Yeah. Yeah, that so all of those things. And then I’d also say, to, to the extent there is legislation that comes along that supports, you know, at your, at your local or at your state or even at a federal level that supports financing for green energy projects. or energy efficiency projects, or even just supports mandating, you know, improved or higher efficiency equipment, even if there’s no financing for it initially, I think, you know, we as individual, you know, voters and consumers should be should be supporting that. So showing support for that can be really helpful. You know, one example is that California is is already putting into policy transitioning to basically 100% heat pump adoption. And just for reference, a heat pump is basically an air conditioner, you can run in both directions, so you can use it to both heat and cool your house, depending on whether it’s the winter or the summer, and specifically electric heat pumps. So having these be 100% connected to the electrical grid, so that all eventually all new home sales in California or all new builds, will be 100% Electric will actually be no natural gas run into those residential homes. That at least the idea being some of the sorry, the idea Yeah, the idea being if you can if you can generate a bulk of your your electricity from, you know, green green production methods wind or solar, and then pipe it directly to those homes or put through wires directly directly to those homes and then you’ve got all electrical appliances through the entire home, then you don’t have to invest the infrastructure for natural gas and you’ve got a greener, you know, end to end production and consumption of energy. Ultimately, you know, in the beginning, there’s going to be a lot of those homes that are that are you know, connected to the grid, which is ultimately power plants that are producing that energy at first, but having you know, having a residential home that is 100% electrical versus any natural gas or other energy methods, it is the start to kind of pushing the market in that direction. So So California is and heat pumps are super, you know, you know, quite energetic Question on a relative basis that other kinds of appliances and other other means you can use in your home. Yeah, so that’s a, that’s a really good step forward. And those kinds of programs are what the market needs on the, you know, the supply side, I would say, are what, you know, air conditioner manufacturers, ie manufacturers need to see, they need to see that that demand exists for them to invest upfront in making more advanced equipment. So the more that you know, you can get a policy pole, it does actually create an impact on industries like these so we as individuals can can support the generation of that policy.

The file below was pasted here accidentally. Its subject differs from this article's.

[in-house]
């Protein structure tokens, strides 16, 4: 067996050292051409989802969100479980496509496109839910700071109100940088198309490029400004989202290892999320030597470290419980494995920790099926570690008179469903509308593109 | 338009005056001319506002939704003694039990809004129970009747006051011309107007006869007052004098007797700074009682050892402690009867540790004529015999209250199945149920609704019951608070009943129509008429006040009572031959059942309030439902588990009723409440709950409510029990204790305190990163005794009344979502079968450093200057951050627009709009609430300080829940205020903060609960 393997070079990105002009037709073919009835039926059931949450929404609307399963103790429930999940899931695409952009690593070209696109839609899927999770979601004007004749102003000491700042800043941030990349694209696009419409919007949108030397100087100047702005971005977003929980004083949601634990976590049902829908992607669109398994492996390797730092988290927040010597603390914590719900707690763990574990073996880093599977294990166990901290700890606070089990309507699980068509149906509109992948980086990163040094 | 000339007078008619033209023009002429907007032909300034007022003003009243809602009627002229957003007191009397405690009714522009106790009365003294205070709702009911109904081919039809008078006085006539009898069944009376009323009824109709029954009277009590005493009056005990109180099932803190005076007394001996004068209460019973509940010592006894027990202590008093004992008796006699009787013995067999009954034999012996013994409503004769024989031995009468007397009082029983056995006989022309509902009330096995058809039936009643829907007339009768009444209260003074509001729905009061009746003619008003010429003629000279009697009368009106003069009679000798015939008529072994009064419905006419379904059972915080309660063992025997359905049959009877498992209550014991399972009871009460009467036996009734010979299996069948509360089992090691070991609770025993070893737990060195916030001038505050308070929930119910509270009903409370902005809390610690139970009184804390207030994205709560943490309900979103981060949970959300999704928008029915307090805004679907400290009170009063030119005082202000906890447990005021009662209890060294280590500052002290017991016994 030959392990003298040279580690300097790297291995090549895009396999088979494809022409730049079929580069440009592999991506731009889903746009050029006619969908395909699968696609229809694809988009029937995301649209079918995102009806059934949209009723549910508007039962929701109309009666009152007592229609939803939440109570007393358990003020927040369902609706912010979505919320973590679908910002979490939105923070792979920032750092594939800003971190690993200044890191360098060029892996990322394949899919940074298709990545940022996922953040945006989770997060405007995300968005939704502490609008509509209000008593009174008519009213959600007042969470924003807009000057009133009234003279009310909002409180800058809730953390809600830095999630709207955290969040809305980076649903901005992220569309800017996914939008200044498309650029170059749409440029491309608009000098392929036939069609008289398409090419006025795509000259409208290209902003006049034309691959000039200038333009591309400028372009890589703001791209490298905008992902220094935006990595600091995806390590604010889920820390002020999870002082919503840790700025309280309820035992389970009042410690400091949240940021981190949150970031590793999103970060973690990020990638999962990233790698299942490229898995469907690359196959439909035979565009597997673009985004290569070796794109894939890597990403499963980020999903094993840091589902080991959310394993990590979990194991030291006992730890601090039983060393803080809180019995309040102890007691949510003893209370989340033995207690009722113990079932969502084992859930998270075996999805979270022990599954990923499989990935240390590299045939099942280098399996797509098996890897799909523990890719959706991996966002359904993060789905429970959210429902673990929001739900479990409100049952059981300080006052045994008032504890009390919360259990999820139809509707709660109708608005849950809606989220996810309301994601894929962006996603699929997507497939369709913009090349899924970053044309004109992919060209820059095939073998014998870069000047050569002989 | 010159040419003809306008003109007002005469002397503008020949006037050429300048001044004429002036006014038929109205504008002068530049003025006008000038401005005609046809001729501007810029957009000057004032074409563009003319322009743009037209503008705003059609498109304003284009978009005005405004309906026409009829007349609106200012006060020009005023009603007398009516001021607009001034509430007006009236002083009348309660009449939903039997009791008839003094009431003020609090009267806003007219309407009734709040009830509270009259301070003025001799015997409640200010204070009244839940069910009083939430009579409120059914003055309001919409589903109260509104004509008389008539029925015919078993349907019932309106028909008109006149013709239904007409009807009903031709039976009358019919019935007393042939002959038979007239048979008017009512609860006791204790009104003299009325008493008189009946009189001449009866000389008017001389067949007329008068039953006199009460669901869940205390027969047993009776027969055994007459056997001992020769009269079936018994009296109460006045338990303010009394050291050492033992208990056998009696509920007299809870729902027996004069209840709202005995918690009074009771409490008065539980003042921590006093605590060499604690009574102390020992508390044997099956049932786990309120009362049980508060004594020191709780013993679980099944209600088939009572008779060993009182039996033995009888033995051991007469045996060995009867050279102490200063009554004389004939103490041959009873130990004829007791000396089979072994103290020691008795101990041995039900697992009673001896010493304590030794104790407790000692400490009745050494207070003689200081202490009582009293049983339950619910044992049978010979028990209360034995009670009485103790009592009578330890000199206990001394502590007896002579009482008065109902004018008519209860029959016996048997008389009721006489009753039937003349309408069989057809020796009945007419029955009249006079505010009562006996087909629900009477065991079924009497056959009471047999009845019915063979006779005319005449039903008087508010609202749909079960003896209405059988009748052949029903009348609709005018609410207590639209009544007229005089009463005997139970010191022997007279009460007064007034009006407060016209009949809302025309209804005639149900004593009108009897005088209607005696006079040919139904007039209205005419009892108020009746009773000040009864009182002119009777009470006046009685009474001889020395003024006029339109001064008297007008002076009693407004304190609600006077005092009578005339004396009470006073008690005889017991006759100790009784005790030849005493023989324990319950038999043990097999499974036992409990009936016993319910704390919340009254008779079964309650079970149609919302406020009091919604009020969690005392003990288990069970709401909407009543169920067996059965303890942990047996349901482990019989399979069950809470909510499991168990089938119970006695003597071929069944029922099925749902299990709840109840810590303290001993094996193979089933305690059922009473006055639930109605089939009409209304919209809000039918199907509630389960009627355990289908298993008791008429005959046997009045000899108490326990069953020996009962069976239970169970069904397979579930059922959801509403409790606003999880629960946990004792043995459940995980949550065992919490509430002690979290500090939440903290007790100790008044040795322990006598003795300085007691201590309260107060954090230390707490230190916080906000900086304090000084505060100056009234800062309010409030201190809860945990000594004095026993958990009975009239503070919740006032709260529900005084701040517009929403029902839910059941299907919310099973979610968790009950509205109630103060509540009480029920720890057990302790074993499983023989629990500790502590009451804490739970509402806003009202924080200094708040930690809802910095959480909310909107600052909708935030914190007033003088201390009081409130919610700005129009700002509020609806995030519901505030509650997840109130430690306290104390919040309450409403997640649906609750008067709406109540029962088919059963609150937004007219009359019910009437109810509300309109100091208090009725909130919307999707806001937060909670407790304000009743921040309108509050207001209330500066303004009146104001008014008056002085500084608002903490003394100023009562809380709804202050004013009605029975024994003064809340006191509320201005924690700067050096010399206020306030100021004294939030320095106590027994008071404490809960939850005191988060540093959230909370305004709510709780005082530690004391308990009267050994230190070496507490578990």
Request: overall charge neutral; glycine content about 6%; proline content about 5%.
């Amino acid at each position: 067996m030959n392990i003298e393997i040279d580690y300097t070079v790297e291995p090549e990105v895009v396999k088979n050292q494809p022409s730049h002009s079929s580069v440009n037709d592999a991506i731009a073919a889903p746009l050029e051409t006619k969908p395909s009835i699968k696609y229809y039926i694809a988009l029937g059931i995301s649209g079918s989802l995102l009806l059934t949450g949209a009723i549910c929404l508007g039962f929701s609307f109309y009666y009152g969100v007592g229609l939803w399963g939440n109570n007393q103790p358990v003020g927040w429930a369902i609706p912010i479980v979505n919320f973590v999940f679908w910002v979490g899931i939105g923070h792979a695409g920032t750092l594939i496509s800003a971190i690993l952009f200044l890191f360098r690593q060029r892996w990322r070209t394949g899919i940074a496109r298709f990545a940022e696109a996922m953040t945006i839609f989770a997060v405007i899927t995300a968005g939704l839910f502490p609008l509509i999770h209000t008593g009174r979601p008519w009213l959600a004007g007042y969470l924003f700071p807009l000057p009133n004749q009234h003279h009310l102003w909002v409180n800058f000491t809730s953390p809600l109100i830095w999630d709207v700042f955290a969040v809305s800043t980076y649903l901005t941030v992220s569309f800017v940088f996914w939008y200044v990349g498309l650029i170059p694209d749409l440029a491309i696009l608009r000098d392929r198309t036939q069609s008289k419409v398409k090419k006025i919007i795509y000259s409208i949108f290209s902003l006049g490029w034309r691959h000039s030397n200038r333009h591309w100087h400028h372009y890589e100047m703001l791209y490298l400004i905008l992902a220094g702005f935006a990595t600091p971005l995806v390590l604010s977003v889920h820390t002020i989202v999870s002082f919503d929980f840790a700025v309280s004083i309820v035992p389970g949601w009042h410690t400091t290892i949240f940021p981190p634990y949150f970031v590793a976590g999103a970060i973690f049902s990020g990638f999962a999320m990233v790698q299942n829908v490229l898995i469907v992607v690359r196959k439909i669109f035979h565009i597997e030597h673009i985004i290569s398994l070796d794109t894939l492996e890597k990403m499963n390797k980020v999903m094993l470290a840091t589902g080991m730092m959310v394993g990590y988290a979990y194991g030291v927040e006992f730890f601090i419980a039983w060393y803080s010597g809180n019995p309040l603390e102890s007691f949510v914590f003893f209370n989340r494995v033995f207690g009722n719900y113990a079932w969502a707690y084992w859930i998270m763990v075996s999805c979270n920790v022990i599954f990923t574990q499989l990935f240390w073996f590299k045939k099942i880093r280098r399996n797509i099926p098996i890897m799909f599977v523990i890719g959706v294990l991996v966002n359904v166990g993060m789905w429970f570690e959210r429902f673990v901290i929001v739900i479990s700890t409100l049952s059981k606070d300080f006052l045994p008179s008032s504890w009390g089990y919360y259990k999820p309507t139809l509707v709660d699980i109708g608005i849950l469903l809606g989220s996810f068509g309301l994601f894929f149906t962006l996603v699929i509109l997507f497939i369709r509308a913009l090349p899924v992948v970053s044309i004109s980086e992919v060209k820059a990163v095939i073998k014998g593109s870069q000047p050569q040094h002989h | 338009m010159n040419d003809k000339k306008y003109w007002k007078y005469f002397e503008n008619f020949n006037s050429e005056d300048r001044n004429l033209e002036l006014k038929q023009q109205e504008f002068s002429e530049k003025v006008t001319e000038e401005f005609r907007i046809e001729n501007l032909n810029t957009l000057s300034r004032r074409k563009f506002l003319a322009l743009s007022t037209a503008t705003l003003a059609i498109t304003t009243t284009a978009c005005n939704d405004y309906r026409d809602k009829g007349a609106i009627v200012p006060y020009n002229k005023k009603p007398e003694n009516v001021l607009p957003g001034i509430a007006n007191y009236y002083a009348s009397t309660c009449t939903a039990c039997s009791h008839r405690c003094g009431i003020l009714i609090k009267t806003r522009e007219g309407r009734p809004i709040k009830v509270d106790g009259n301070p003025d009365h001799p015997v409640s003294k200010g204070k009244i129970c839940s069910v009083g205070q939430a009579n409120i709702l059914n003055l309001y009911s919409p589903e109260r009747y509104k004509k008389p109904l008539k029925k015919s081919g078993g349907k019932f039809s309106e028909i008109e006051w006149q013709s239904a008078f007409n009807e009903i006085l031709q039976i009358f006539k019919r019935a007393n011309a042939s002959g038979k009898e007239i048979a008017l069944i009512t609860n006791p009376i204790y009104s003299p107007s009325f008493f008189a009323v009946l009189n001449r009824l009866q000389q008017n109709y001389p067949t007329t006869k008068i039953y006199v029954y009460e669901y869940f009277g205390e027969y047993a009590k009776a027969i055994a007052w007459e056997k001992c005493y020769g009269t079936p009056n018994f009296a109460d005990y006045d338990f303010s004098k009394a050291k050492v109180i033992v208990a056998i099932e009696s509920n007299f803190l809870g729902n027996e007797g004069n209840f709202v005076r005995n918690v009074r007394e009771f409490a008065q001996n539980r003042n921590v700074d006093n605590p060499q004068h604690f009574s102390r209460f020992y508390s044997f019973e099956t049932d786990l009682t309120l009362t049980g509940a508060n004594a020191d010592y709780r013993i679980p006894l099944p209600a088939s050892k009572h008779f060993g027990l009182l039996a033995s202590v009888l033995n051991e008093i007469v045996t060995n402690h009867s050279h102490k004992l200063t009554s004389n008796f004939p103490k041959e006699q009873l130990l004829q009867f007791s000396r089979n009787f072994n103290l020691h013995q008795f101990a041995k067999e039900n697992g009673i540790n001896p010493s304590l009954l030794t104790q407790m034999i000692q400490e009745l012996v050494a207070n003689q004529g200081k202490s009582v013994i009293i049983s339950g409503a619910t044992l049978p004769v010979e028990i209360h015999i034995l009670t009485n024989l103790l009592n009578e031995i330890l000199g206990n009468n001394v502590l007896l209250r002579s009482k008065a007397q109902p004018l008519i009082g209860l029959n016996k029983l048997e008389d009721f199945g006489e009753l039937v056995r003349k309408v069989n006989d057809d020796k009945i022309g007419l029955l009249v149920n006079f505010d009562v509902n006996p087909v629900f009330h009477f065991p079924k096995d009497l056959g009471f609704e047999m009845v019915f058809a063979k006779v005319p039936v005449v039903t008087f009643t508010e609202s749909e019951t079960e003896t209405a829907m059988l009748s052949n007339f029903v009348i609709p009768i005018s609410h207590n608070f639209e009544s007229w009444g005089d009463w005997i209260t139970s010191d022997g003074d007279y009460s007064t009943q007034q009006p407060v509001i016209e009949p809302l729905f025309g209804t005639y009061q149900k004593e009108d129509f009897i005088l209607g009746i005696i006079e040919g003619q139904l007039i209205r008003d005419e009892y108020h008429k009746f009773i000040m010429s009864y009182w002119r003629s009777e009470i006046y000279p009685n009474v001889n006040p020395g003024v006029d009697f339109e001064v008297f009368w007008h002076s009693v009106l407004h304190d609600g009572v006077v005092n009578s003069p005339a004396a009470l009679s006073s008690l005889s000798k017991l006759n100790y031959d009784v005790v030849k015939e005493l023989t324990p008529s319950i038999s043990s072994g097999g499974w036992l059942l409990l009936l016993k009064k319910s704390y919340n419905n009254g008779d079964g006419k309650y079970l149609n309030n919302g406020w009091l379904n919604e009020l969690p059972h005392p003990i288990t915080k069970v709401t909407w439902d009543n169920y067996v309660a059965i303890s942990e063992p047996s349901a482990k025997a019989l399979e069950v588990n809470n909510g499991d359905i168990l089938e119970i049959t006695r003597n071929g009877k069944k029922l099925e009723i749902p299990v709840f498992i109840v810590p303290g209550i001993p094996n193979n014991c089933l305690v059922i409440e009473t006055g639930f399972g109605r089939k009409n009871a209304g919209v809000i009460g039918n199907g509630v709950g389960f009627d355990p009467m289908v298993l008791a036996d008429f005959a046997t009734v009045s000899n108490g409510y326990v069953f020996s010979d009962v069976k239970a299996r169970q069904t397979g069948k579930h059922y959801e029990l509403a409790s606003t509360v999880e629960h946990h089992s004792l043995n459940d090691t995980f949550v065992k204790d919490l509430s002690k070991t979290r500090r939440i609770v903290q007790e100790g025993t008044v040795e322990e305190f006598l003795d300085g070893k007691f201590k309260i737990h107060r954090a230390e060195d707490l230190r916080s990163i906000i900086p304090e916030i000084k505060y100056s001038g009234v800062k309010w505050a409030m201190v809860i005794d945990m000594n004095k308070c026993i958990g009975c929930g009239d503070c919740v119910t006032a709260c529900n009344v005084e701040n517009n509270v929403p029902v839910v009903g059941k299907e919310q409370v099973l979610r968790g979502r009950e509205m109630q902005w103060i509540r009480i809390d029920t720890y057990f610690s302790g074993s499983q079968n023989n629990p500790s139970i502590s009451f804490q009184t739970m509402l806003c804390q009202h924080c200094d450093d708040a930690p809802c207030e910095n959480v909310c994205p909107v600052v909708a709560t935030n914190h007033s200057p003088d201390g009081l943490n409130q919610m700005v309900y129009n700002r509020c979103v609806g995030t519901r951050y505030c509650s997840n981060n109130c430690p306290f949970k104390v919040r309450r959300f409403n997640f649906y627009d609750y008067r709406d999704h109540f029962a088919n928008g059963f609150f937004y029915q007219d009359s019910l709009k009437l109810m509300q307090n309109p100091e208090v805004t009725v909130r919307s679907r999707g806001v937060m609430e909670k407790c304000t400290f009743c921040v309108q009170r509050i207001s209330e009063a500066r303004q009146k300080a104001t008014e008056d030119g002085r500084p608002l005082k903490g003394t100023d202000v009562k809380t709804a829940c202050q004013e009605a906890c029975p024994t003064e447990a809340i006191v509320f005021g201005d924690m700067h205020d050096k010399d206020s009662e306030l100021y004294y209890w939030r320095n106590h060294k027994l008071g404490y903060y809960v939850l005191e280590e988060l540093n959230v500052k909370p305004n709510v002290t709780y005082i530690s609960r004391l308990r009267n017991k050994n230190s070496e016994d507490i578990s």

Ian Sumner 24:37
Nice. Okay. That’s I mean, that’s, that’s super informative. Yeah. Thank you so much for coming on and explaining and making air conditioning exciting.
Liam Berryman 24:45
Sure. Thanks. Thanks very much for having me on the call. I look forward to being on again soon. Can’t wait to have you.
Ian Sumner 24:56
Big feet is a production of the impact and produced by me you center music check out our whole publication along with our other podcasts at read the impact.com. We’ll be back next week.